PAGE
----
Have you ever established your setting with the weather? Might your characters' emotional mood also have the same effect on setting? Sure can.

As you weave setting into your story, don't ignore the emotional side of setting. It'll give you a much more powerful story.

Now, here are some general tips for setting.

Imply rather than reveal. There's no need to tell the reader it's fall if the dry leaves on the ground crinkle under your character's feet.

Sprinkle your setting throughout your novel. Ergo, avoid the proverbial info dump.

Introduce your setting by way of your characters' action. It might go something like this: "He gazed over the rolling countryside..."

Include all the senses. Have your characters smell the honeysuckle, taste the pepper and relish the sound of night cicadas.

Have the details of your setting coincide with the length of your story. The shorter your story, the less setting you need to introduce.

Be specific. England is too general a setting. London on Bleaker Street is not. It's not a plant, it's a mandevilla with an explosion of brilliant pink petals.

Details do it. Add the tiniest of details to enhance your setting. Which of the following sentences produces the better picture?

"He swung the ax again."

"He swung the ax again and a shower of fragrant wood chips mushroomed out and fell to the ground."

Consider if your setting might foreshadow upcoming events.

Ensure your setting moves in time with your characters. For example, you might have your character's hair turn gray as the story progresses over the years.

Slang is a wonderful tool to establish setting. For example, during the American Civil War, bullets equated to "dead men" and what we call land-mines, they called "infernal machines."

Setting expands beyond your characters' environs. How might a world-wide financial collapse affect your character?

And then, of course, there is the ever-classic adage, "Show. Don't tell."

"He put on his uniform"

"He stepped into his trousers, buttoned the fly and waistband, then slipped the suspenders over his shoulders."

Setting, my friends, is as important as any aspect of your novel and the emotional side of setting is as important as any other aspect of the literary device we call setting.

Thanks for your time and know I wish for your only best-sellers.

C. Patrick Schulze
Author of the emerging novel, "Born to be Brothers"

Wednesday, June 16, 2010

Symbolism in Novels

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by C. Patrick Schulze 
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The other day I had a sudden flashback to that long ago time in English Lit 101. I had this odd little professor whose only purpose in life was to force disinterested freshmen to analyze symbolism is novels and short stories. 
One day in class, the professor called on me to offer my interpretation of the symbolism in a short story. I saw it as an illustration of the lives of prostitutes. The professor almost laughed and asked how I had come up with that. After my explanation, he acknowledged my interpretation as valid, just wrong. The story, he said, was about politicians. How's that for irony? In any case, that inconsequential moment in my life got me thinking about symbolism in fiction.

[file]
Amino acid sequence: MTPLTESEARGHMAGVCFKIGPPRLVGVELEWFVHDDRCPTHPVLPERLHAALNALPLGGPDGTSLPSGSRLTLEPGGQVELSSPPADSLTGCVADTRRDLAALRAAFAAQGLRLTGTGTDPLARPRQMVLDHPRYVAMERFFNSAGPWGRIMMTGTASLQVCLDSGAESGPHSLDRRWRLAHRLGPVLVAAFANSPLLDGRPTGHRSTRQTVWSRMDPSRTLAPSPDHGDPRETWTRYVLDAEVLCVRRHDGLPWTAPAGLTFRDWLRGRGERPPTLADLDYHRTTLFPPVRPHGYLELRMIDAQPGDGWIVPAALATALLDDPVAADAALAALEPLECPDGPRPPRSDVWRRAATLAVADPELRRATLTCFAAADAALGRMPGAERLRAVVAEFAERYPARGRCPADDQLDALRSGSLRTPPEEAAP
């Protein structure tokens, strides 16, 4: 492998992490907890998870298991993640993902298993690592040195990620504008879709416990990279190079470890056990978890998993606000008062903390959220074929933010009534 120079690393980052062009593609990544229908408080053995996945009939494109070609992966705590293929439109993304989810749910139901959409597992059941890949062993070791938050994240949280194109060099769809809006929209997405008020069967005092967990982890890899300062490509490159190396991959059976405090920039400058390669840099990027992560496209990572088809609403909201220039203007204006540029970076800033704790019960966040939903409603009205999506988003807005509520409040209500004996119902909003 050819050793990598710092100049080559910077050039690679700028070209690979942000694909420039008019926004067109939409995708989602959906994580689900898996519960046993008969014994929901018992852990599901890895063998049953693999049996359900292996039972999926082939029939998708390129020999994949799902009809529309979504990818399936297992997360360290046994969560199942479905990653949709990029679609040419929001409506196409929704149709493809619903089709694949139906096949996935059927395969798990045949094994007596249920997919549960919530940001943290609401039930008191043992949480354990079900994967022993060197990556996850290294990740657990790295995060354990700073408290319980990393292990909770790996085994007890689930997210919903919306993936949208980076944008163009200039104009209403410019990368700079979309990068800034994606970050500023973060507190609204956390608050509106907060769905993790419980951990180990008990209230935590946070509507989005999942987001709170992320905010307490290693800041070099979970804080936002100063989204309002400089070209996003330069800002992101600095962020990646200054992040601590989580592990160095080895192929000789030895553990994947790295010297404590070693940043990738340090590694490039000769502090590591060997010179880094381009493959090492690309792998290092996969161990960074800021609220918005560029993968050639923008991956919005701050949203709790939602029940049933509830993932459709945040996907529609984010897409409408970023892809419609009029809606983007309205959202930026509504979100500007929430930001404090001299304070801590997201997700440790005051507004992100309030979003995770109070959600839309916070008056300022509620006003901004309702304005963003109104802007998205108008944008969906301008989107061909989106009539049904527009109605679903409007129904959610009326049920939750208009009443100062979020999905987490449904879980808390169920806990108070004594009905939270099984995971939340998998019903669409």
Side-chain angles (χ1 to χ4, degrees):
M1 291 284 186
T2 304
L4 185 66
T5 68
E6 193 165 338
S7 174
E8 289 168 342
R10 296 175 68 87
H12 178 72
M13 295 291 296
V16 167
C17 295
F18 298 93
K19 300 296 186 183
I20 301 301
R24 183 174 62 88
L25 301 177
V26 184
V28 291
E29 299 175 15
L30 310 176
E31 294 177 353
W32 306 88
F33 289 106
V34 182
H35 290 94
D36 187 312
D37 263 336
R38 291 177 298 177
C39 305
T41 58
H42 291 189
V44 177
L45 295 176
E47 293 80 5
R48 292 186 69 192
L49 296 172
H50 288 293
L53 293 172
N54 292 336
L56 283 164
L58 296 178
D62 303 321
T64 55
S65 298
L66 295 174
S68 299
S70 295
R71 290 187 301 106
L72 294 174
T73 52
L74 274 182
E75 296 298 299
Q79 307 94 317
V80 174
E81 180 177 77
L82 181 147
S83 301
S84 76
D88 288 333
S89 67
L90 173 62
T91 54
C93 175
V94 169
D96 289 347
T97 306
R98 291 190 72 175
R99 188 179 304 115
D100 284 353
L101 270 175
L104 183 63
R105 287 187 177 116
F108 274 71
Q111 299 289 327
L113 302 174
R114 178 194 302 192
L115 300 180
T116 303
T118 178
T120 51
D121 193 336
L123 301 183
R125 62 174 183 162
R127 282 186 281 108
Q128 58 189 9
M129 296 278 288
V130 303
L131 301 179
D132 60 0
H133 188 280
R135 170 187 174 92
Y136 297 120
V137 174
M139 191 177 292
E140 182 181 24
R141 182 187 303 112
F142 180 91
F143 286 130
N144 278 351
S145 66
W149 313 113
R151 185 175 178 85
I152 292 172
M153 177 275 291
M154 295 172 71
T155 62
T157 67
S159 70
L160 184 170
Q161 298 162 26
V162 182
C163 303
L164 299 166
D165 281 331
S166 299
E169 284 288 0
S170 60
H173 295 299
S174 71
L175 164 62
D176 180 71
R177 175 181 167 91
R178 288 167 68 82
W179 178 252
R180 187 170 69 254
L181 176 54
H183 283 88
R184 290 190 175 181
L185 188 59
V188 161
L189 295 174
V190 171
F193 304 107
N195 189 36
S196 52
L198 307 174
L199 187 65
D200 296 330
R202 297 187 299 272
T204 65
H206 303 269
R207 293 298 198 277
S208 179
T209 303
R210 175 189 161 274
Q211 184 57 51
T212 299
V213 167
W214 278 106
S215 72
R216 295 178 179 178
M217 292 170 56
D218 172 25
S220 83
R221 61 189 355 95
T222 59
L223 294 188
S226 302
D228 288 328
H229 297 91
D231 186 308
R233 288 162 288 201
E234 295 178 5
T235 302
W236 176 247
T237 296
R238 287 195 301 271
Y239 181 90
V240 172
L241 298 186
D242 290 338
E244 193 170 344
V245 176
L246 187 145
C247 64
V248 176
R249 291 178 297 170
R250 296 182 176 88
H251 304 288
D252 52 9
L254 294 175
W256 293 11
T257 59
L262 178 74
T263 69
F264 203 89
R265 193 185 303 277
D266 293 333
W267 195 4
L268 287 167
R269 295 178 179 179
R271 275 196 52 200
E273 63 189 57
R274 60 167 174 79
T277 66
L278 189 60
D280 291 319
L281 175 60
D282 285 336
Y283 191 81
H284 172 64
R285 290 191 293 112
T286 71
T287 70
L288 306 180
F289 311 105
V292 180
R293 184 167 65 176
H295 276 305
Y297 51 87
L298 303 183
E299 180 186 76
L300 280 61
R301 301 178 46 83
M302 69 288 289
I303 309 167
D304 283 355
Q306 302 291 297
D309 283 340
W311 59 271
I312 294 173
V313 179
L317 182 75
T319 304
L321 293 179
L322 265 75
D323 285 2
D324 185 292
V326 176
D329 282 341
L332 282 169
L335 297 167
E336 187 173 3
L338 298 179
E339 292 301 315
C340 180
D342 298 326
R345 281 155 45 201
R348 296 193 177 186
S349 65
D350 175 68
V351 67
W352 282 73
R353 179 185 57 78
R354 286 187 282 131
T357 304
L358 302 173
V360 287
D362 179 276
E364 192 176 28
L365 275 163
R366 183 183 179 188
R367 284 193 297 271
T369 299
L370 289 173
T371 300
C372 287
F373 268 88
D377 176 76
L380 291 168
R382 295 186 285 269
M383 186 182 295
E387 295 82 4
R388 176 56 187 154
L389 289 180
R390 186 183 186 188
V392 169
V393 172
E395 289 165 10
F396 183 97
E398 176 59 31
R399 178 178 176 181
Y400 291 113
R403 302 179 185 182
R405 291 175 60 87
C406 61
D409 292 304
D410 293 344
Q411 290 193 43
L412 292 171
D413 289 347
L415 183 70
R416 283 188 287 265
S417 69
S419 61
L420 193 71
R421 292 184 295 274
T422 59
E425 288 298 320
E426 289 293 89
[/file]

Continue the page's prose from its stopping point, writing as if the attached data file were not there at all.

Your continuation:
Let's first define symbolism as it applies to literature. It is an object or creature that represents something else. Think the whale in "Moby Dick."

Symbolism is often employed to give greater depth or meaning to a work of fiction. In fact, symbolism  enhances the quality of literature in a way that cannot be duplicated by any other literary device.

Your symbols may be obvious, such as a national flag, or subtle, such as the flask a character carries in his hip pocket. For an example of an obvious symbol, consider the snake as the logo for the House of Slithering in the Harry Potter series. For a more understated symbol, look to the sled in "Citizen Kane" which represents lost innocence.

Should you attempt to instill symbolism into your novel? It's not necessary at all. However, you can if you wish. The most obvious novel of this nature is "The Da Vinci Code," which is all about symbols.

Should you wish to incorporate symbolism in your novel, pay close attention to how others describe their symbols. You'll most likely find enhanced descriptions and multiple incidents of use. You may find names of people, places and things that are less than ordinary. "Slithering" is a great example of that.

Here are some tips to get you started using symbolism in your fiction.

The secret to effective symbolism is to develop it before you write your story. It will appear much less contrived and make a more profound statement if you do. Symbols lose their power if they appear thrown-in or arbitrary.

Use symbols everyone will interpret in the same manner as you. Does an apple represent a doctor kept from your door as in "an apple a day…," or eternal sleep as it did with Snow White? If your reader misinterprets your symbol, you've created a big hole in your book.

With that said, ensure your symbols are not clich├ęs.

One type of symbolism that has yet to lose its flavor is color. Red still means heat, anger or passion, whites represent innocence and so on.